Collett, a member of BSS, eventually hit the stage for a set of mainly new material that absolutely flew by. Regardless of musical preference it would have been impossible not to enjoy Collett. He commanded the stage and brought a taste of bread and butter indie rock to the evening of more niche acts. Collett's gritty folk-inspired sound was impressively complete, and all he needed was his guitar and pair of skinny Levi's — which he wore oh-so-effortlessly. Collett brought the swagger, style and skills of a bona fide indie-star the all-Canadian lineup needed.
Bernstien: With the previous night being such a success and exhaustion setting in, I was expecting a disappointment. In the end, I came out of the night with mixed reviews. While the artists themselves were talented, CBC’s decision to have a Canadiana-themed night meant bringing together an unlikely group of bands that mixed poorly. Woodpigeon’s folksy tunes were soothing and capturing, but their dynamic set was spoiled when they were followed by DD/MM/YYYY — a headbanging rock group with harsh vocals — who themselves were awkwardly sandwiched between Woodpigeon’s smooth harmonies and the indie-pop sounds of Ruby Coast and Jason Collett’s soothing tunes. In the end, it meant a talented, but poorly combined line-up playing for a mixed audience of happy-go-lucky hippies too mellow to actually confront the unperturbed moshers sprinkled throughout the audience.
Itinerary: While Bernstien jumped on a bus back to London, Szymanski maintained The Gazette’s presence at NXNE at film screenings and the free hip-hop showcase at Yonge and Dundas Square.
Szymanski: Sunday is a great day to rest up, and I couldn't think of a better way than to hang out in the comfortable seats of the air conditioned National Film Board theatre. I figured I'd give the film festival one more chance following the Johnny Cash letdown. Since the NFB — which produces perennial Oscar favourites — was hosting Sunday's films, I had fairly high expectations, but once again I was let down. NXNE should stick to music.
The 1 p.m. headliner was The Eternity Man, an operatic film about an elder religious fundamentalist who writes the word “eternity” on everything he can find. His impulse for apocalyptic graffiti is never explained, and even worse, he sings opera in foreign languages throughout the film, supposedly expressing his disdain for the world around him. The film essentially makes no statement about anything and wallows in the same self-pity as the lead character.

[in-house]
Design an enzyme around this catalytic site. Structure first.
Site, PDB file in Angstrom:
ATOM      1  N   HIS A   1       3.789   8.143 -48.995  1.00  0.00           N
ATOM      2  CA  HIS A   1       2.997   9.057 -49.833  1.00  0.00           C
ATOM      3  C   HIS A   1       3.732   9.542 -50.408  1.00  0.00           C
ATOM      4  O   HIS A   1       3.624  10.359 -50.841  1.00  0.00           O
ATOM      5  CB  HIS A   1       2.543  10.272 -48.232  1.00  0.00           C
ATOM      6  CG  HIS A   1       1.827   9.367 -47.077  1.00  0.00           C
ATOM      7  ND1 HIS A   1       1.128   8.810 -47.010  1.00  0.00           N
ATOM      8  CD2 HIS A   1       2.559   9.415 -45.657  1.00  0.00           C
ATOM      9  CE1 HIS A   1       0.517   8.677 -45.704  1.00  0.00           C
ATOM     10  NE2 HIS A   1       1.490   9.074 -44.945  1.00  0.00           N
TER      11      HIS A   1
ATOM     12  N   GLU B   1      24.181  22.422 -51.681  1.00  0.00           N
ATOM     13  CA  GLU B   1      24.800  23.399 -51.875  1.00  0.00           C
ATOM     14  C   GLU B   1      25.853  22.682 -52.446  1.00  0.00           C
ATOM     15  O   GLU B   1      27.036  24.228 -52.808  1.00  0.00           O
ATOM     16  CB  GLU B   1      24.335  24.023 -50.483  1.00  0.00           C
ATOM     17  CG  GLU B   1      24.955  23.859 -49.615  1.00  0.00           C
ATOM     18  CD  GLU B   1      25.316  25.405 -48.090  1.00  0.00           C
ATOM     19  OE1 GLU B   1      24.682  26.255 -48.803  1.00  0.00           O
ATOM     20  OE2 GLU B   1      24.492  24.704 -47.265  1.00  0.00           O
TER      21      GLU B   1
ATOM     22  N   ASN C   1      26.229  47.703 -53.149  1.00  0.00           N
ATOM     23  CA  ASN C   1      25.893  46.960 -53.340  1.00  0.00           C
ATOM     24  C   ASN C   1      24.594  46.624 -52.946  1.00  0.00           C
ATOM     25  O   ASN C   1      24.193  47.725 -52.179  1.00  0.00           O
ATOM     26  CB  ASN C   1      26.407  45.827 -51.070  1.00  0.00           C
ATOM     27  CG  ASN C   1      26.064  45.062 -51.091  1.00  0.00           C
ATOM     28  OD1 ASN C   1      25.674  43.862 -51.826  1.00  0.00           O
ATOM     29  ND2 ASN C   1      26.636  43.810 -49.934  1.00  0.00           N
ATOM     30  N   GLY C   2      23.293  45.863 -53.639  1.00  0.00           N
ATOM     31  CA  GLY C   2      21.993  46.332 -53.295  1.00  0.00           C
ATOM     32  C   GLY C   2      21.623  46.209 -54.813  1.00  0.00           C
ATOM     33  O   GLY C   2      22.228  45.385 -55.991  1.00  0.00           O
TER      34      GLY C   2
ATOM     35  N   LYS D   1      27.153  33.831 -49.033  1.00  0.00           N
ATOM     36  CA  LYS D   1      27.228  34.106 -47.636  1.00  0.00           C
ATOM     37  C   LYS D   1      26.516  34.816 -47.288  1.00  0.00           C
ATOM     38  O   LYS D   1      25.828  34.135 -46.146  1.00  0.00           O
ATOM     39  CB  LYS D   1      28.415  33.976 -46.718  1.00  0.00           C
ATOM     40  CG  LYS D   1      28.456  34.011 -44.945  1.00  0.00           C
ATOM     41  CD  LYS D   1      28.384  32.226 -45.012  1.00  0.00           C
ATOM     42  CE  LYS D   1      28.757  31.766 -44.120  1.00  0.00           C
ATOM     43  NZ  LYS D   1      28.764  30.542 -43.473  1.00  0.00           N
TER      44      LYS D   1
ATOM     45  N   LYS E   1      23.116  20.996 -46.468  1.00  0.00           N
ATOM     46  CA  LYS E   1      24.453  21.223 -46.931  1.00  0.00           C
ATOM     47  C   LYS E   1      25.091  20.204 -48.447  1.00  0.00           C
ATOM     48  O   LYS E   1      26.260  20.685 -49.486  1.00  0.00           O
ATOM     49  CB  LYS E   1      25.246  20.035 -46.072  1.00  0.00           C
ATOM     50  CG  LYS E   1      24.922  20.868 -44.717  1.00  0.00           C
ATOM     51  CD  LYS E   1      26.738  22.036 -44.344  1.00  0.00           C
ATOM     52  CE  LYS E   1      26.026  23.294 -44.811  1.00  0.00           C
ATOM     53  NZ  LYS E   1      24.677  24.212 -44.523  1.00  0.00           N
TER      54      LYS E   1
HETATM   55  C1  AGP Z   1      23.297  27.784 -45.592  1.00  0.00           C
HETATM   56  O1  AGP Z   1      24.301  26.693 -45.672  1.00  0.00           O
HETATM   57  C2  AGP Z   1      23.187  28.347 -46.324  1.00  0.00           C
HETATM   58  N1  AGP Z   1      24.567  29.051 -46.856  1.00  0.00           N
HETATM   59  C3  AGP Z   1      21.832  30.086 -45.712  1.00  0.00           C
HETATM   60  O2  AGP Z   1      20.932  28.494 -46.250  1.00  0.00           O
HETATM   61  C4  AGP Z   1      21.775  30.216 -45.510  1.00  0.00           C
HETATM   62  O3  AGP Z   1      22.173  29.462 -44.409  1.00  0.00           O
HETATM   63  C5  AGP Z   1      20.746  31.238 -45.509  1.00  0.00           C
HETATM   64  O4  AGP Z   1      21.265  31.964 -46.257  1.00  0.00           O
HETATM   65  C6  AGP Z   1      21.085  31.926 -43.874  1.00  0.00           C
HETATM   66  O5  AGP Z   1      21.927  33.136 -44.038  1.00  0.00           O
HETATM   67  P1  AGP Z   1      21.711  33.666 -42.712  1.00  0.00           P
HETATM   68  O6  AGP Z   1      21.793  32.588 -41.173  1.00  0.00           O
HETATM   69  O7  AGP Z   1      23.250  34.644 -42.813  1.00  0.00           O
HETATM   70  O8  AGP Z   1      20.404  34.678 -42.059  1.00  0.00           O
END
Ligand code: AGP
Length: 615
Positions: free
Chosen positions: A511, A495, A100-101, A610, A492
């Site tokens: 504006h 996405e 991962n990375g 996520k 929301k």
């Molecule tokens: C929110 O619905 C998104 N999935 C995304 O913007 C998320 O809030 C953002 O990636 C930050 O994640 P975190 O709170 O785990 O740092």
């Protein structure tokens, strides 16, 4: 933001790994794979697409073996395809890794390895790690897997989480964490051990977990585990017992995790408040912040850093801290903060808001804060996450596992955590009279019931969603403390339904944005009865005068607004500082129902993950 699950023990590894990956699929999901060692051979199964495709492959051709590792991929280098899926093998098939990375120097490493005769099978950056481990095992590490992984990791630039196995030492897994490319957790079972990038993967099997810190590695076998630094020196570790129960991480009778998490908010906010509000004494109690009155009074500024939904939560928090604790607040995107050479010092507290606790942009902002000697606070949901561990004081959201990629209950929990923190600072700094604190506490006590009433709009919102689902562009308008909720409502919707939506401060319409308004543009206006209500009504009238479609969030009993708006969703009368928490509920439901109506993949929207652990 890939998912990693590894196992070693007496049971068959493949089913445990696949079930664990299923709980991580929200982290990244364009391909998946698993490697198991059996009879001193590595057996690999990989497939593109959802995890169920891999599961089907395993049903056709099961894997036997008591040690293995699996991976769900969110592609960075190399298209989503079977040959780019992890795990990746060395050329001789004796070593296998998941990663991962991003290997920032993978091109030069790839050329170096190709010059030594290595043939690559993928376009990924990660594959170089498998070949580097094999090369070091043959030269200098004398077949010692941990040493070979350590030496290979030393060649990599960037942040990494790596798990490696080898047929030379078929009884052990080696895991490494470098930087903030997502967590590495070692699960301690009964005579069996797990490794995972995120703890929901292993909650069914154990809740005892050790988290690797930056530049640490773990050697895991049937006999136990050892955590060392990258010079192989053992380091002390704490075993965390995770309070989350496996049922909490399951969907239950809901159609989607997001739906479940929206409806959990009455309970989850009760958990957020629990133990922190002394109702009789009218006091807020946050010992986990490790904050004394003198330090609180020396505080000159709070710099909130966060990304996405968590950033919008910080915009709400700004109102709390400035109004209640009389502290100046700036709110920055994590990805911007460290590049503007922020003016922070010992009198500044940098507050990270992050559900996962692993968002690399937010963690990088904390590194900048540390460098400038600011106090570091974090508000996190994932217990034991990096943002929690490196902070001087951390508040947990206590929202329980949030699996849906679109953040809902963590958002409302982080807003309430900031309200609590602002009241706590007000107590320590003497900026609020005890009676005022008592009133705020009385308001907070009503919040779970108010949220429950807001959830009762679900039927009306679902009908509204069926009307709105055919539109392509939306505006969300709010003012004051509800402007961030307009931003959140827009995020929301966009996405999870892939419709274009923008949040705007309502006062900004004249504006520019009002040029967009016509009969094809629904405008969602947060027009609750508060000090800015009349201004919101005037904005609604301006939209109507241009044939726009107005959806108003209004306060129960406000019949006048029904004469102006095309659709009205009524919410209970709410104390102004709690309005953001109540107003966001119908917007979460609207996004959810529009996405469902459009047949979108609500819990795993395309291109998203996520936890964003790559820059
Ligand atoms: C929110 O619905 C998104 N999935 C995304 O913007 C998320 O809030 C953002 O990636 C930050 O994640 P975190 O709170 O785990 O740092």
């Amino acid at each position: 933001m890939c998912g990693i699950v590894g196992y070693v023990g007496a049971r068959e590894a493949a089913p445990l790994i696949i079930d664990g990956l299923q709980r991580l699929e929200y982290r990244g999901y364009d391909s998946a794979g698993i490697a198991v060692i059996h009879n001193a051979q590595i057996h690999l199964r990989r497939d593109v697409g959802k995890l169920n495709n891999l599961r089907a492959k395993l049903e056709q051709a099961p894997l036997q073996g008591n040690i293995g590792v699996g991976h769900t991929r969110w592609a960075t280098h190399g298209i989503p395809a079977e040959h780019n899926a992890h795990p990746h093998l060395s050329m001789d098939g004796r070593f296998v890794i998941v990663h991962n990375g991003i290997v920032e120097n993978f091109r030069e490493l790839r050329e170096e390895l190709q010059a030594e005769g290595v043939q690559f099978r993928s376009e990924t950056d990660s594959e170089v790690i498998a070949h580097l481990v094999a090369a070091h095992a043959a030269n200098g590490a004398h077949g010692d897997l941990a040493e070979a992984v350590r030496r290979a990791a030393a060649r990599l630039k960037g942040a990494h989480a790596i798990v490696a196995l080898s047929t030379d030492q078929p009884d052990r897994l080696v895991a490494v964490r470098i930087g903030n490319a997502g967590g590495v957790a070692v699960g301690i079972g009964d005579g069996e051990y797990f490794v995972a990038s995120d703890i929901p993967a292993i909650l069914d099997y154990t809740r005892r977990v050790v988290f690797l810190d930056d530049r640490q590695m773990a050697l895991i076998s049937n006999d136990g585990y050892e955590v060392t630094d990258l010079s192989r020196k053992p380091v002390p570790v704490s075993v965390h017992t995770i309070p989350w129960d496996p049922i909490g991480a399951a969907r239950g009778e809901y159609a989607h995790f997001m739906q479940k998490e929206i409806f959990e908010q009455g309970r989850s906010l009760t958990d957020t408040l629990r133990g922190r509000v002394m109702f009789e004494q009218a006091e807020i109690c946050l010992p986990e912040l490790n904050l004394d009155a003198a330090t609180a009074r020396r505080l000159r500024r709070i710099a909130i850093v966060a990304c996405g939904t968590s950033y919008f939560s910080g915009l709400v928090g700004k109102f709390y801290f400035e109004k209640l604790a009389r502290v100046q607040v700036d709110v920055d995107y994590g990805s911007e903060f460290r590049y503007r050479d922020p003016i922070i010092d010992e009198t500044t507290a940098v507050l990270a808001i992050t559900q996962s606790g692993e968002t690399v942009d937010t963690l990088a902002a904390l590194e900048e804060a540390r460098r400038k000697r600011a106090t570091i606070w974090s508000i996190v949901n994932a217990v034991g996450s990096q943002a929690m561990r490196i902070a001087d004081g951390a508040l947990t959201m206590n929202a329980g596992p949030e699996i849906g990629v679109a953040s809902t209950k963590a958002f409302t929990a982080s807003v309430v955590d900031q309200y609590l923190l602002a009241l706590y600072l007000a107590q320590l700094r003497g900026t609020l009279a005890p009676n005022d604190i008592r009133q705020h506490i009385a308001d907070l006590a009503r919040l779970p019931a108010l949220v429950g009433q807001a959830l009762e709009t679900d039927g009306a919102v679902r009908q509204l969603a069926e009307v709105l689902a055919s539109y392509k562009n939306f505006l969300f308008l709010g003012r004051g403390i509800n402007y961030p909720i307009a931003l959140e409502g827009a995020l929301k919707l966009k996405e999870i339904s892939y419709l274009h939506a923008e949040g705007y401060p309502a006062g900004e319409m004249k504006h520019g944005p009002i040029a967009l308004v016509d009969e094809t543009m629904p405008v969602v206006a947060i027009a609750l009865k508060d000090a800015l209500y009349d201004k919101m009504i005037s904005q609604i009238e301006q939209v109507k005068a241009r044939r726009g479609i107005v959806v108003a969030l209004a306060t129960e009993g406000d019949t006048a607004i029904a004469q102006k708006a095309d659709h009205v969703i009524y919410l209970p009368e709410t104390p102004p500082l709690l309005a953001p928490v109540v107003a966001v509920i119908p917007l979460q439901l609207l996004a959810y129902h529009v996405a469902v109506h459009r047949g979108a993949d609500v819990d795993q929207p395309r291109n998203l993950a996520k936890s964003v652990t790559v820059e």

A Canadian animated short about acupuncture preceded the feature presentation. While mildly entertaining and set to music, the short seemed out of place with the musical focus of the rest of the festival's films and came across more as a feeble attempt to get more Canadian content into the festival.
Frautschi, the 3 p.m. feature, focuses on a supposed Russian guitar virtuoso Kamill Arturovich Frautschi, and his teaching methods, which emphasized personal enjoyment and comfort. His approach was distinct and un-Soviet for the time, considering he lived in Stalinist Russia. The film consists mainly of Russian musicians recounting stories passed down from his original pupils. While Frautschi may have been a revolutionary guitar teacher, the film is slow, boring and comes across as simply fifty minutes of praise for a man who never appears on screen.
The one bright spot of the 3 p.m. lineup was Dylusions of Grandeur, a film about a top-25 Australian Idol contestant who let his newfound “fame” go to his head. The film looks amateur, but that was a part of its charm and comedic effect, which stems mainly from the protagonist, Dylan Yeandle's, goofy delusions of stardom. It's tough to tell if the film was actually intended to be funny, but it had the theatre laughing regardless, so at least there was some form of enjoyment.
The real excitement on Sunday was the free public concert by GZA in Yonge and Dundas Square. People crammed into the square and marijuana smoke clouded the air for the festival's concluding show. The Candy Coated Killahz and Ninjasonik got things warmed up with some hipster-flavoured rap, which set up The Cool Kids nicely.
But it was GZA who got the arms waving and the joints blazing with classic material from the Wu-Tang Clan. His flow was tight and his mic skills backed up his earlier claims about the state of hip hop.
With a full weekend of solid dance-punk, hip hop, Canadiana, and bad films behind me, it was time to catch a red-eye Greyhound back to London.